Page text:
The BBC Director of News responds and I do the same.
[Read from the bottom up]
Incidentally, the BBC's use of the term 'kidnapping' in relation to the capture of Israeli soldiers was not the main point of my complaint.
I was simply asking why you had not implemented the editorial policy you refer to in your email. Under what authority to Israeli soldiers 'arrest' Palestinian officials?
Thank you for responding. Here are two examples I have just found of the BBC using the word 'kidnap' to describe the capture of Israeli soldiers:
BBC News Online
There are presumably more. Also, a cursory glance at the BBC website reveals that the BBC has published numerous quotes by various people which again refer to the capture as a kidnapping.
I had seen the entry on the blog, however if the editorial policy is not strictly applied, what use is it?
Thank you for your email, but it is not right to say that the BBC has continually used the word "kidnapping" in relation to the Israeli soldiers. You may be interested in this entry on the Editors' Blog setting out our position that we prefer the word "capture":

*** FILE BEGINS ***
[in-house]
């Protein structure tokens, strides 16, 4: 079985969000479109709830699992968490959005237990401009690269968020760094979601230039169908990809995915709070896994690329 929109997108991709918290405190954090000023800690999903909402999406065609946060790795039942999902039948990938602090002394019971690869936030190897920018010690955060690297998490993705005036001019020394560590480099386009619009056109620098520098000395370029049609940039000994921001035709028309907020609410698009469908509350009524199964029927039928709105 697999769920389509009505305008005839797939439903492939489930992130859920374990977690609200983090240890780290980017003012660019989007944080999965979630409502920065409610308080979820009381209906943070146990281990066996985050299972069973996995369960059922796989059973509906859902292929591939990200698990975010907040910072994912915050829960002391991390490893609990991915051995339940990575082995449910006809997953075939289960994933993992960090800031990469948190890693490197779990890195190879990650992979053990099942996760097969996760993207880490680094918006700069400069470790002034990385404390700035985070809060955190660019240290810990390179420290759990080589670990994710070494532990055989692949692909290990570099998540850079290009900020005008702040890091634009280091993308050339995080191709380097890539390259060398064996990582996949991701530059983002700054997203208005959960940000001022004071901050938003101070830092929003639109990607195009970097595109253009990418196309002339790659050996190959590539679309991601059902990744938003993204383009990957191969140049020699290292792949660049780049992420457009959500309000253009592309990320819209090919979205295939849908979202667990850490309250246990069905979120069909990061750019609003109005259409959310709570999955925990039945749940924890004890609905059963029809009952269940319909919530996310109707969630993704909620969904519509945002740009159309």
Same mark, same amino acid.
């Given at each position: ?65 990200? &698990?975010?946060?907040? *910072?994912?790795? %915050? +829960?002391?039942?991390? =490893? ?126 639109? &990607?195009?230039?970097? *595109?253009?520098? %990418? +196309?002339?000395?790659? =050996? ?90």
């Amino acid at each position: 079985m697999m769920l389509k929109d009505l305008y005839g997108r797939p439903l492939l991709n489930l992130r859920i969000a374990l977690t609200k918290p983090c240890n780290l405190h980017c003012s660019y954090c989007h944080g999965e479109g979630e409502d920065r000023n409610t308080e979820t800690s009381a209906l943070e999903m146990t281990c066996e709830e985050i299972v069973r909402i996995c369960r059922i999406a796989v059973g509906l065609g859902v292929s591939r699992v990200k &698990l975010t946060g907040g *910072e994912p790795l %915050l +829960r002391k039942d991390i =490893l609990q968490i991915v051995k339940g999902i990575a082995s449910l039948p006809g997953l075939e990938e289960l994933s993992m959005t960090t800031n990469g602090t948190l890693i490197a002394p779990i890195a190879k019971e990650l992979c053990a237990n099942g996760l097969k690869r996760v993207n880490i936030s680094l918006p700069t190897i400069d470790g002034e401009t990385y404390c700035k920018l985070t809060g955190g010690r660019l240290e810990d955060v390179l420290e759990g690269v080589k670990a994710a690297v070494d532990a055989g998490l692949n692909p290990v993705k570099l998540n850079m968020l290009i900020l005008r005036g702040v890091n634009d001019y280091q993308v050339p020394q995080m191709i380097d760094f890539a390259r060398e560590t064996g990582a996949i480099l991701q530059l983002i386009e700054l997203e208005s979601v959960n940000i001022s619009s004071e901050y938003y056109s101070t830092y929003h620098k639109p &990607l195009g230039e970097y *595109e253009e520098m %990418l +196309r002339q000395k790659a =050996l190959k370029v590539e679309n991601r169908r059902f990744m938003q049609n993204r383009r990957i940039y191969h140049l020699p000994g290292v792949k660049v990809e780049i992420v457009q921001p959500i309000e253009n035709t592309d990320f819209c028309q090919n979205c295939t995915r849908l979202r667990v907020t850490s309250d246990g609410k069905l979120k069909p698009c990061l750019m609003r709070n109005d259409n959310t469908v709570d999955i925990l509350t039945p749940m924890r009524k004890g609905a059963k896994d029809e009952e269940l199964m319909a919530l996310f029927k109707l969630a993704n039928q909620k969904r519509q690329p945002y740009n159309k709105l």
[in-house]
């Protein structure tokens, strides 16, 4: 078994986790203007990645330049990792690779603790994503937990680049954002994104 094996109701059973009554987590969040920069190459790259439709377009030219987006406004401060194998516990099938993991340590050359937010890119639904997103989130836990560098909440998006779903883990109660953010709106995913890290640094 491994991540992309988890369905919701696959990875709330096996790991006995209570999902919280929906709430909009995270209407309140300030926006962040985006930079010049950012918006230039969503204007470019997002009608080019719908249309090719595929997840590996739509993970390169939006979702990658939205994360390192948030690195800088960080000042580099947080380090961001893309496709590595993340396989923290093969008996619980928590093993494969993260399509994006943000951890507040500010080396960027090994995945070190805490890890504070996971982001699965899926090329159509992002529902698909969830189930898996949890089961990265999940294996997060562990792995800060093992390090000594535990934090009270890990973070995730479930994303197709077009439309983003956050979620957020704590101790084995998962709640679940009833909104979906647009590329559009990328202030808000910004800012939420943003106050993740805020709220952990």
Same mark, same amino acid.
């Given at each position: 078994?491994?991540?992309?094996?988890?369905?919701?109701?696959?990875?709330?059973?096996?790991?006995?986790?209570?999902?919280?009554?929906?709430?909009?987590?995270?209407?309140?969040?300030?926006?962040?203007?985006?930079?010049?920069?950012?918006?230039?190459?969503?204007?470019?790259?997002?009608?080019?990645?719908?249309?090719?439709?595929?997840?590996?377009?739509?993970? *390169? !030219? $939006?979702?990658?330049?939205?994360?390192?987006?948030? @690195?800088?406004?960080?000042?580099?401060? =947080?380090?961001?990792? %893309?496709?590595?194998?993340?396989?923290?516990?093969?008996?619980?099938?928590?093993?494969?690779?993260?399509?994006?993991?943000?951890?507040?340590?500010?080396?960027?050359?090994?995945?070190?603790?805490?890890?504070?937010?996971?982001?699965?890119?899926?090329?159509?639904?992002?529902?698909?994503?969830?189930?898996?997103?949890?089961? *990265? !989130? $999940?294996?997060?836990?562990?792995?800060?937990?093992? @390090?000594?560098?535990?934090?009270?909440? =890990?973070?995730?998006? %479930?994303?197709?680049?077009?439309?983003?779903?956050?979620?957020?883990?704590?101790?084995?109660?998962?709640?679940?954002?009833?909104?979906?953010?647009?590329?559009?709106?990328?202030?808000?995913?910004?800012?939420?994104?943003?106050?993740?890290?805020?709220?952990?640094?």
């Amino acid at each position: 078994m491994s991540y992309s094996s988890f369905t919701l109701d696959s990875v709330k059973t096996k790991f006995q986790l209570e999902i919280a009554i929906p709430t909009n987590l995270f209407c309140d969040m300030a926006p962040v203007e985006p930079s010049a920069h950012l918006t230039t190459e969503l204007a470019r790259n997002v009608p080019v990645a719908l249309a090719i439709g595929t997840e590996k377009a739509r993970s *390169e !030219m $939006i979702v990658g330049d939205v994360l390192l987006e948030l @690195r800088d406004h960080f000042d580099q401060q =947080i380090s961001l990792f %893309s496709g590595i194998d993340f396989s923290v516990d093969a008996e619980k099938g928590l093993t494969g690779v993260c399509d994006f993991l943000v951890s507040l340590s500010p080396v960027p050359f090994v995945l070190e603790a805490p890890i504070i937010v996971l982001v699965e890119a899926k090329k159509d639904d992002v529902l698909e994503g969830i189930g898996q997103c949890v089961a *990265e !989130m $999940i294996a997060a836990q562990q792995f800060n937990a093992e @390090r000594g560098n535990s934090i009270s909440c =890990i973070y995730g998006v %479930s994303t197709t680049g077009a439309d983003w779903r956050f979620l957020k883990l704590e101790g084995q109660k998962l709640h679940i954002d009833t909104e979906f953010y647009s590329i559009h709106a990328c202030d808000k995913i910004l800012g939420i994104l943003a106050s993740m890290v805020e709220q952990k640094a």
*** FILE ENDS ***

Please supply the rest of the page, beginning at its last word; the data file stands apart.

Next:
pp Helen Boaden
Director, BBC News
Dear Ms Boaden,
A BBC TV news segment earlier today reported that Israeli forces had arrested the Palestinian Deputy Prime Minister, Nasser al-Shaer. The BBC website now states that he is presently being detained by Israeli forces.
Under what authority do Israeli forces act within Palestinian territories? The term 'arrest' implies that this action is in some way legal. Nasser as-Shaer is not simply being 'detained' he is being illegally detained.
I live in Ireland and noticed a similar pacification of language with regard to the capture of Israeli soldiers by Palestinian and Lebanese militants. I wrote to the RTE News Editor with respect to this issue: "Israeli detention assures prisoners no more rights than Palestinian captivity. Why does Israel 'detain' and Palestine 'kidnap '?"
"Fair point. We have put a message in our general mail to this effect."
The BBC has continually referred to the capture of Israeli soldiers by Palestinian and Lebanese militants as 'kidnappings', yet Israel's captures are referred to as 'seizures' and 'arrests'. Could you please explain this disparity?